Over the past thirty years of being involved in the anti-rape movement, I’ve worked with hundreds of survivors of clergy abuse from just about every faith.

Though each religion has its own beliefs and protocols in the way allegations of sex crimes should be handled, there are so many similarities between the various faiths in which these institutions have operated.

Sadly, it appears that the status quo has been to cover-up the crimes committed and then to blame those who have been victimized.

For years, many activists have joked “that it’s almost as if religious leaders of all faiths went to the same school to learn how to mishandle cases involving clergy, along with employees of their religious institutions.”

Though each faith might use different terminology, it all boils down to one thing.  The reputations of their clergy members, community leaders and institutions come first.  Very few really seem to care about the long term effects and ramifications sex crimes plays on those who have been victimized.  I’ve heard it over and over again, from professionals working with survivors of clergy sexual abuse — that it is as if those affiliated with religious institutions and are in leadership roles “are nothing more then a part of the good ole boys club”, which makes it appear that they care more about reputations –– then about innocent lives of congregants (including men, women and children).

Over the last several weeks, since the first announcement that Pope Francis was coming to the United States and since he left; I’ve been flooded with emails along with postings on both Facebook and Twitter regarding the Catholic church’s inaction when it came to cases of clergy sexual abuse, along with complaints regarding the continued mishandling of more recent cases.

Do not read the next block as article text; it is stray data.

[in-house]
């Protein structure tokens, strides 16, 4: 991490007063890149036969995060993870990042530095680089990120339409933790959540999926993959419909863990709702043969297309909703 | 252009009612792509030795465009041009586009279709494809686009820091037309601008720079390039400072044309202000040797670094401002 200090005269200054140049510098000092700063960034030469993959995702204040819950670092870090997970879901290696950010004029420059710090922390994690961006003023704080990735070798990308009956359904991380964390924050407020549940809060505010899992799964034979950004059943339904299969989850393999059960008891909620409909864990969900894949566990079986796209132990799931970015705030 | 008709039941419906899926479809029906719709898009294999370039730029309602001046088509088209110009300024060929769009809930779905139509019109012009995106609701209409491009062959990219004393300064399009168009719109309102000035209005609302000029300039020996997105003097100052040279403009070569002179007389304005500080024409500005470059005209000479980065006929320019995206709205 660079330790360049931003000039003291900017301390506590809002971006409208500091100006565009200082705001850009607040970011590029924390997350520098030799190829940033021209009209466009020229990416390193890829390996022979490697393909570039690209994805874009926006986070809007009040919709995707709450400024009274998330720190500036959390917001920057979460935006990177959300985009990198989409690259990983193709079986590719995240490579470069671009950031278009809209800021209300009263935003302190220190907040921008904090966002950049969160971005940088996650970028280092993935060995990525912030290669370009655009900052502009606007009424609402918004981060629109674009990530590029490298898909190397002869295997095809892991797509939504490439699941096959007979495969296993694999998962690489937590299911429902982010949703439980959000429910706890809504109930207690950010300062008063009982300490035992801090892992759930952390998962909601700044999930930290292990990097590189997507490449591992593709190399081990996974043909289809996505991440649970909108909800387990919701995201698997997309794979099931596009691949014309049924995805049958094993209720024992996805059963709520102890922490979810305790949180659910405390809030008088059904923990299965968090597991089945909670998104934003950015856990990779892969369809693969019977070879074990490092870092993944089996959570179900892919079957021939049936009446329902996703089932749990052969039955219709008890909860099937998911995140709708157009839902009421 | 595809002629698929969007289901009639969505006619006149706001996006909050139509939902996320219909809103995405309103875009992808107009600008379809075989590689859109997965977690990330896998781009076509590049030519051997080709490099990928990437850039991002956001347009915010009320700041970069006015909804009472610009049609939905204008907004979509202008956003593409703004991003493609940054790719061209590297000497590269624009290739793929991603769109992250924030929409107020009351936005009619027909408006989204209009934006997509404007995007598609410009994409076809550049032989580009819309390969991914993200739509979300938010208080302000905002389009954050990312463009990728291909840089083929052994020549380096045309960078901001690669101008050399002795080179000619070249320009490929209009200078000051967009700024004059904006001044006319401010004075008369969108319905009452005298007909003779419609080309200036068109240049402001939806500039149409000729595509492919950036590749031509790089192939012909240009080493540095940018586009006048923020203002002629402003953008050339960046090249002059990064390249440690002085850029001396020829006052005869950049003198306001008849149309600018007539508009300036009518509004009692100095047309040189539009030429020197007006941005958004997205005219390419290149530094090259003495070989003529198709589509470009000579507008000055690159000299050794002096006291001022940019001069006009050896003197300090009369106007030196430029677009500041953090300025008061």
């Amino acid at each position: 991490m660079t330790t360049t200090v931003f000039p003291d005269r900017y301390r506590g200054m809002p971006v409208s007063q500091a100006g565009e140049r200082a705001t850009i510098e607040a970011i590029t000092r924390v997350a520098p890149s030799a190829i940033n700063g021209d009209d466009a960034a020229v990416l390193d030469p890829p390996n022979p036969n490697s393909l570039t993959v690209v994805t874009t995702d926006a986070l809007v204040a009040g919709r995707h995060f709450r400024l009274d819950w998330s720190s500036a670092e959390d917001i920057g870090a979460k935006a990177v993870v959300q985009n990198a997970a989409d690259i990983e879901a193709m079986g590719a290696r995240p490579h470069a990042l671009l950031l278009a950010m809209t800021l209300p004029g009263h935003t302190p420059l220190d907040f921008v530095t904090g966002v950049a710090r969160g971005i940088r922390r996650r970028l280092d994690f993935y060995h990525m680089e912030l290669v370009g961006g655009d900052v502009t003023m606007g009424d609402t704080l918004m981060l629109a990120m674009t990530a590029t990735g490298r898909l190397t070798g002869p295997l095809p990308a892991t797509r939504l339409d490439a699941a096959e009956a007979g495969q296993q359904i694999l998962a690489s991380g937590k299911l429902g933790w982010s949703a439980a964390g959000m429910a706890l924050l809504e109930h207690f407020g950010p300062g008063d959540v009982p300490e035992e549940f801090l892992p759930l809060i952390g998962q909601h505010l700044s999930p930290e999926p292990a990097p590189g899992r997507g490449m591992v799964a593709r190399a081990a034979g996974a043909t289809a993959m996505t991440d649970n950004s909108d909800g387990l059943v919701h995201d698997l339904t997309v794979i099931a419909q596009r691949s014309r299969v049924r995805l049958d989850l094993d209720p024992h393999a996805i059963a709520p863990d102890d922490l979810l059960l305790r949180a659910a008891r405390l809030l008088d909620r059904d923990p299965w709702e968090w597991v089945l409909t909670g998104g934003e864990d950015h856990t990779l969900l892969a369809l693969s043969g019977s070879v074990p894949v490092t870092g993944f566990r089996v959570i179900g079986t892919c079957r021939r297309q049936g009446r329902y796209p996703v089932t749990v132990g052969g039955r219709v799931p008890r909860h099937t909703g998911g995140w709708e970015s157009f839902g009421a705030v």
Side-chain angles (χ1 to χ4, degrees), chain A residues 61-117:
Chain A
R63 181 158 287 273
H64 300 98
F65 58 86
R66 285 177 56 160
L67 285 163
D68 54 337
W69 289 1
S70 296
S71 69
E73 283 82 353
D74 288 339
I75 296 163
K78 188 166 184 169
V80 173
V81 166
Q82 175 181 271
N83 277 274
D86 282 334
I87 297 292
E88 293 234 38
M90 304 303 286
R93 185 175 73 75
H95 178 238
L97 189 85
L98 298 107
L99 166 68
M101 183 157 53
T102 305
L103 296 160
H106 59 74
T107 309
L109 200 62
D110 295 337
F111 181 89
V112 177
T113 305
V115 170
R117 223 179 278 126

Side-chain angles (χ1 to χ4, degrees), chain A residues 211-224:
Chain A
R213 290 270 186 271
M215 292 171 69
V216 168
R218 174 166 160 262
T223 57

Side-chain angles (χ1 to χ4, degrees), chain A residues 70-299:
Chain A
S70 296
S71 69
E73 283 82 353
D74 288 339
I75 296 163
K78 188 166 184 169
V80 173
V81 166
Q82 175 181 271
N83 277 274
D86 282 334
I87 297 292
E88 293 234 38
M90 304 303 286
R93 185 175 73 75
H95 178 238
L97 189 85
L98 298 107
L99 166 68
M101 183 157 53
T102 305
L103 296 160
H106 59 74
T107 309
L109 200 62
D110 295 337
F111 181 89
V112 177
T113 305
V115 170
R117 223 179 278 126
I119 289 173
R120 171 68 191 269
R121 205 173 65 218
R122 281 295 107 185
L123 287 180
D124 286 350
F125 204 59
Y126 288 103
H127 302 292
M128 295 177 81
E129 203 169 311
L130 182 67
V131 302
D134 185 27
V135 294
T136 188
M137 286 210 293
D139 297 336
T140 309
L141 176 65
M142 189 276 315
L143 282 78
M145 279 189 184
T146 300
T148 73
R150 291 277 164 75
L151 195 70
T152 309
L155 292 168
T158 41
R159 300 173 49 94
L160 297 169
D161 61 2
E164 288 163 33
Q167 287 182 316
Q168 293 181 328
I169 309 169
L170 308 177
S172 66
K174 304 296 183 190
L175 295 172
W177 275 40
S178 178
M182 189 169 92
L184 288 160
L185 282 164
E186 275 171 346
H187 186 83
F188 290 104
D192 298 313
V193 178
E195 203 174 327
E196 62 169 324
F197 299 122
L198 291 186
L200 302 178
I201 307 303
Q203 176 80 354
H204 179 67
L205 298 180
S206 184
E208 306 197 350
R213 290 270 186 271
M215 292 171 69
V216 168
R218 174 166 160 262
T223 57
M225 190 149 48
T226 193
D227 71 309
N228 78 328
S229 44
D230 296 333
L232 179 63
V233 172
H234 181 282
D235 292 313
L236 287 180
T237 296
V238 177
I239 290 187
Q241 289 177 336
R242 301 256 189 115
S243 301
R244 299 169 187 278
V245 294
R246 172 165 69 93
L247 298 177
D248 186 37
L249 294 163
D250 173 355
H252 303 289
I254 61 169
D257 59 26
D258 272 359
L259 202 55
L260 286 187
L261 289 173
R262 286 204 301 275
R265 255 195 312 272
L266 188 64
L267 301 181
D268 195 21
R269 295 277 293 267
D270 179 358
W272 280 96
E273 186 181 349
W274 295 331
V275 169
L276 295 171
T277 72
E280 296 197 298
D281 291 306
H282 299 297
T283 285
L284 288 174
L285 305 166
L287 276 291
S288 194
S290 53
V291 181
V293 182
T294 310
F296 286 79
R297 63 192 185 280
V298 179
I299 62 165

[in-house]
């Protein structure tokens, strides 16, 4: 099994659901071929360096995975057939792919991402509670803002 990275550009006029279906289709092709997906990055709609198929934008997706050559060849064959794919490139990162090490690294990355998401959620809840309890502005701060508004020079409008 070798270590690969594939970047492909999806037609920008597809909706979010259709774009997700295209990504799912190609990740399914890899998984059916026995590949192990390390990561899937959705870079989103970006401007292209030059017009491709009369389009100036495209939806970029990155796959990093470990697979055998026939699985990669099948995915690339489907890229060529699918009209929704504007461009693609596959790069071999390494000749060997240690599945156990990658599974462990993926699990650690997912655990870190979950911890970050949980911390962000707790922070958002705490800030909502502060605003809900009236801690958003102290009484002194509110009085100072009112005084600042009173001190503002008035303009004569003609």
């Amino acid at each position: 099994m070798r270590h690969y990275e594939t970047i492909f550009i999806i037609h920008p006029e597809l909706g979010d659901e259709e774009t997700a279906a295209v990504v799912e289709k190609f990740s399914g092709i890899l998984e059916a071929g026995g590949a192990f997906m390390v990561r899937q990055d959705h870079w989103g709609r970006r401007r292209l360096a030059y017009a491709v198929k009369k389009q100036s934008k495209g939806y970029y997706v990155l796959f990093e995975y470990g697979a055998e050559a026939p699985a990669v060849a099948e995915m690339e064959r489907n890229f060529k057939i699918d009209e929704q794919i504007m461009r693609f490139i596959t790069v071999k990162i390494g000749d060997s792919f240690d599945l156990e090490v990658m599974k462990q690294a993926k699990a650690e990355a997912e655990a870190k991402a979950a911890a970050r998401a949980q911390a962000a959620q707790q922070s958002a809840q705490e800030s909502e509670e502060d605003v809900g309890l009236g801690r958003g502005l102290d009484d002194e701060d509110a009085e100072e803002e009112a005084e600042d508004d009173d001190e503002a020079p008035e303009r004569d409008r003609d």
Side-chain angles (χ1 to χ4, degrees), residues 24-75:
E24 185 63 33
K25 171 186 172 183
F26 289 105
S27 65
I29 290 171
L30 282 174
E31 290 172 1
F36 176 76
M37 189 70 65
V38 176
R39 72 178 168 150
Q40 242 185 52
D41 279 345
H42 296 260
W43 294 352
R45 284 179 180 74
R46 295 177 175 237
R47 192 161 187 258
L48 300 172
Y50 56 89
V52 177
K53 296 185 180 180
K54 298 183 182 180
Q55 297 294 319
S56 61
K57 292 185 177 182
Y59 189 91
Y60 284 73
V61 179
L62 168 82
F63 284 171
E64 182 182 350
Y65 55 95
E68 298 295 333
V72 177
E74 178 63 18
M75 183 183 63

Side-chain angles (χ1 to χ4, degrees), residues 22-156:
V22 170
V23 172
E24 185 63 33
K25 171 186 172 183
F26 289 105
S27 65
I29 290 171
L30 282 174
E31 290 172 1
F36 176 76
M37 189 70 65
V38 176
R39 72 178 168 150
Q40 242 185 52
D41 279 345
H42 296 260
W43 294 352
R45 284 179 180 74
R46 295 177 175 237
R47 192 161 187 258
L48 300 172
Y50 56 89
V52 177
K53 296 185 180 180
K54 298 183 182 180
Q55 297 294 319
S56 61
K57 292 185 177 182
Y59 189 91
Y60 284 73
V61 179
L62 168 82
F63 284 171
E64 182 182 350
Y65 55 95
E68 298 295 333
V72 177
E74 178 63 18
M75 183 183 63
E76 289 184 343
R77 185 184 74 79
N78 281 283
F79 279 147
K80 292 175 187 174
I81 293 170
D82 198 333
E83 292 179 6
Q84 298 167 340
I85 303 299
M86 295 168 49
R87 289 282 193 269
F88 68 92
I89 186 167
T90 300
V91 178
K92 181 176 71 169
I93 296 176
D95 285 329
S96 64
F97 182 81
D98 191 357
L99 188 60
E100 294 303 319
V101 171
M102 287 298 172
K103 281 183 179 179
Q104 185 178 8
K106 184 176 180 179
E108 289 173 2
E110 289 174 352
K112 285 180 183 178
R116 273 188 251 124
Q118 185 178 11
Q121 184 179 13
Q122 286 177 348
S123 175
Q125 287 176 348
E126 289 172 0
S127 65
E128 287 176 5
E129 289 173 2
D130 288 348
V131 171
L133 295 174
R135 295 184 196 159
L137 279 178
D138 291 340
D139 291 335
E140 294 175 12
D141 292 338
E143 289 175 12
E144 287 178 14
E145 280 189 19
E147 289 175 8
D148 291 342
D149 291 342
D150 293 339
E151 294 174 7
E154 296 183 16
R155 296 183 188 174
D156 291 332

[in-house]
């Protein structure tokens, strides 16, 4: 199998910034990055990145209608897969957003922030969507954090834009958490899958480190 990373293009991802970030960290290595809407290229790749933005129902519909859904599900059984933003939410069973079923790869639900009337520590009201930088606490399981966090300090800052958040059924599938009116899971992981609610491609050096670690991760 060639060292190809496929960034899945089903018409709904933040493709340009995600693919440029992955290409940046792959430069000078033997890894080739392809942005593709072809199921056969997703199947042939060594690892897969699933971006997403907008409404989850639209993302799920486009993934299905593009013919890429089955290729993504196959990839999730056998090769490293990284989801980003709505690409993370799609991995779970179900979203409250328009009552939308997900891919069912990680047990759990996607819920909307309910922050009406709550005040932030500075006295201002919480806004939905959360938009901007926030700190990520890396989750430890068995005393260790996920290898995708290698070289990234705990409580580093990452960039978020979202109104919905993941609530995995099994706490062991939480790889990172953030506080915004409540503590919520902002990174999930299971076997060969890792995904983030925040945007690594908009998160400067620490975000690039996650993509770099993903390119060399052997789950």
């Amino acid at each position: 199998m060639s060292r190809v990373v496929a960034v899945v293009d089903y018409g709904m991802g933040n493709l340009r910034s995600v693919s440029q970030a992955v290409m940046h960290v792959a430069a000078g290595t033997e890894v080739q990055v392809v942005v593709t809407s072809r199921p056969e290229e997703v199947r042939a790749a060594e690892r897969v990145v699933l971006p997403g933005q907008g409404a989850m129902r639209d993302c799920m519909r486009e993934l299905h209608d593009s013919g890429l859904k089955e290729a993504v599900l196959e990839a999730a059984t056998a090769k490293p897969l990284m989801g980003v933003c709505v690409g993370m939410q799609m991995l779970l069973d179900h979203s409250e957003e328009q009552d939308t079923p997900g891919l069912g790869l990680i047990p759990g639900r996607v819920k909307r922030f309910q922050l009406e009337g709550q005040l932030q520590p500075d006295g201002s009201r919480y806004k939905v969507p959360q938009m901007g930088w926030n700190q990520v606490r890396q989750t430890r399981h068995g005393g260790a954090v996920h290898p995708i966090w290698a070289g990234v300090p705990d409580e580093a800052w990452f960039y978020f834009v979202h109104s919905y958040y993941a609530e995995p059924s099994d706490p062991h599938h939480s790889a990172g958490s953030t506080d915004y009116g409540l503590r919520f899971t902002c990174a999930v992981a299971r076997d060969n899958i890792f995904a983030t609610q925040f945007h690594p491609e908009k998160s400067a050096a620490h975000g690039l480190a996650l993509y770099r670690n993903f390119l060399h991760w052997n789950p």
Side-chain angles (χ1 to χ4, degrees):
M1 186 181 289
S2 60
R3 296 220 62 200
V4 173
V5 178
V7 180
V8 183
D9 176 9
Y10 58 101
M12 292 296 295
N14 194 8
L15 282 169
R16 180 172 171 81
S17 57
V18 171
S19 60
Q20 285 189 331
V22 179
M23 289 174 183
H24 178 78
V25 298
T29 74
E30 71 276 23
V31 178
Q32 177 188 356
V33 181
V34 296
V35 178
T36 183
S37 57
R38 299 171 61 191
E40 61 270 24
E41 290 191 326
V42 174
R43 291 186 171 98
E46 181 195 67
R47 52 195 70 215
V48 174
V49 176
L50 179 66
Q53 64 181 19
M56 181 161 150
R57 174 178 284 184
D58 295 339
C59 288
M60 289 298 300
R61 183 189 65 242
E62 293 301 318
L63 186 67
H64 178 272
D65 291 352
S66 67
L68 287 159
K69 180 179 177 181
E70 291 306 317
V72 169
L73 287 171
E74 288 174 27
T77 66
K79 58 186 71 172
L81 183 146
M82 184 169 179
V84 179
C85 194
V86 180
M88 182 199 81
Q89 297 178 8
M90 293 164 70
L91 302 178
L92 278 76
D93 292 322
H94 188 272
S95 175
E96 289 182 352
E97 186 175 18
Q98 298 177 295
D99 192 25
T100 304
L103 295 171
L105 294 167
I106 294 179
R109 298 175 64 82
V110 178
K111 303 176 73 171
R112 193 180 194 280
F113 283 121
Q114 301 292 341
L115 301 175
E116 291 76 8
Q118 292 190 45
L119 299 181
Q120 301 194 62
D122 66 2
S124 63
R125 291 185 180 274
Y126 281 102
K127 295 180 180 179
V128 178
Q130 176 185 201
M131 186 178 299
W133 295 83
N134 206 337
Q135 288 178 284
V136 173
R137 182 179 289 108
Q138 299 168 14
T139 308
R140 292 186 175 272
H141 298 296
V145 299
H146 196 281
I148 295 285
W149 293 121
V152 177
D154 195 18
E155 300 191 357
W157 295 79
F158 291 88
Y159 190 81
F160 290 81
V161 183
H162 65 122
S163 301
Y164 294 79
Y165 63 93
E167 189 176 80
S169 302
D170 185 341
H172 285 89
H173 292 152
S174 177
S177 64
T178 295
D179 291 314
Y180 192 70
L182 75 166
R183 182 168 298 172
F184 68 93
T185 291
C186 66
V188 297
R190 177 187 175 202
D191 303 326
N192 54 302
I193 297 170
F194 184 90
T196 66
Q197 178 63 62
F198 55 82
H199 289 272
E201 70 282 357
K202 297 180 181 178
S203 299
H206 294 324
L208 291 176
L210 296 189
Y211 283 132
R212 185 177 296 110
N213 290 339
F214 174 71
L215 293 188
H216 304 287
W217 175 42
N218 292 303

Every time I received one of these announcements regarding the Pope, I couldn’t help but think to myself that on some levels my Catholic friends have it so much easier then we Jews.  Within Judaism, there is not one central person in charge of our faith.  Meaning, there’s not one person to place the blame.  Instead it feels as if we have zillions of pontiffs.  Within Judaism, there is no pope.  Instead each and every rabbi is more or less like the rulers of their own kingdoms.

According to years of research on the topic, I’ve learned that there is really no way to “defrock” a rabbi.  In the Jewish Renewal,Reform, Reconstructionist and Conservative movements, receiving rabbinical ordination is like receiving a college degree.  There’s no taking it back.  In the Orthodox world, there are some that say that if the rabbi who gave the ordination takes it back, then the person is no longer considered ordained.  The problem with this is that often rabbis receive multiple ordinations, meaning various rabbonim would have to remove their smichas.  Another issue is the fact that if the ordaining rabbi is deceased, there’s nothing one can do to remove the ordination.

Some believe that if a rabbi is a member of a rabbinical organization, it provides some sort of protection for the rabbis followers.  The truth is that it does not.  The worst thing that can happen is that the alleged offender might have their membership terminated.  The alleged offenders are still allowed to call themselves, “rabbi.”

Over the years, we have seen rabbis or other community members who have been accused of a sex crime chased out of town after committing heinous acts, yet allowed to move on to a new, unsuspecting community — where the alleged offender can have free reign in victimizing more men, women and/or children.

Another issue we have seen happen time after time is that an alleged or convicted sex offender will hop from one movement of Judaism to another to avoid suspicion, without any sort of notification to other branches of Judaism, offering the alleged assailants the illusion that they can roam free to offend again.

Unfortunately, to date there are no solution to any of these issues — leaving our communities vulnerable.